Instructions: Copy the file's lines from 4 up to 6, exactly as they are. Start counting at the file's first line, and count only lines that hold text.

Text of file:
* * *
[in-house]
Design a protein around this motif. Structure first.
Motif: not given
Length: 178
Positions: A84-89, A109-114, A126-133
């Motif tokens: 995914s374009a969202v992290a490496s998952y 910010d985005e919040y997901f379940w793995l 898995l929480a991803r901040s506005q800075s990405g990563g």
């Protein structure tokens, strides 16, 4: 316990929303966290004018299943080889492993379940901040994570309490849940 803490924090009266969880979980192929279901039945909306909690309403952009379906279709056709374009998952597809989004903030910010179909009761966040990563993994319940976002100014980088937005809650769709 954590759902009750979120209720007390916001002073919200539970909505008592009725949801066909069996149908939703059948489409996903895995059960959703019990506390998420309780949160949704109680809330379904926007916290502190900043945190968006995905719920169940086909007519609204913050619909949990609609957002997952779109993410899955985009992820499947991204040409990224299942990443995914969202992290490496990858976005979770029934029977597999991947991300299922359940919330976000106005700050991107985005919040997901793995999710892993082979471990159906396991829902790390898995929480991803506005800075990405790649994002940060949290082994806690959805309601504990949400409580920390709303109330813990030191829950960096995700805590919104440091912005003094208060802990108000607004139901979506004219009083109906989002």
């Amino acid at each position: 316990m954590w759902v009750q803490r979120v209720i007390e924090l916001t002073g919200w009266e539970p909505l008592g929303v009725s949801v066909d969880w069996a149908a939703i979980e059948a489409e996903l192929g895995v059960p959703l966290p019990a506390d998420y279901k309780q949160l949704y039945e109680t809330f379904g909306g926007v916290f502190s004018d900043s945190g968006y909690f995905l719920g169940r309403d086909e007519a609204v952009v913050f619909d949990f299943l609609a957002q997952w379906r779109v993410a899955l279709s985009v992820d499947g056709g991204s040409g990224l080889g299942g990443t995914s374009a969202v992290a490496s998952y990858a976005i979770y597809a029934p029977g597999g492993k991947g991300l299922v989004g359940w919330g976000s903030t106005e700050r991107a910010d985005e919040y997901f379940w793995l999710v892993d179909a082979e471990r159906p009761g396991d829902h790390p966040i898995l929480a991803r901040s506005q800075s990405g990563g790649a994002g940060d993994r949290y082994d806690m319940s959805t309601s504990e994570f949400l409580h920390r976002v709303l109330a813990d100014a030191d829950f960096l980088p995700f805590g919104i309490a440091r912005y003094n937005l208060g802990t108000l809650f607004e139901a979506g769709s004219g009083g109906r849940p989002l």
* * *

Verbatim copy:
Length: 178
Positions: A84-89, A109-114, A126-133
């Motif tokens: 995914s374009a969202v992290a490496s998952y 910010d985005e919040y997901f379940w793995l 898995l929480a991803r901040s506005q800075s990405g990563g």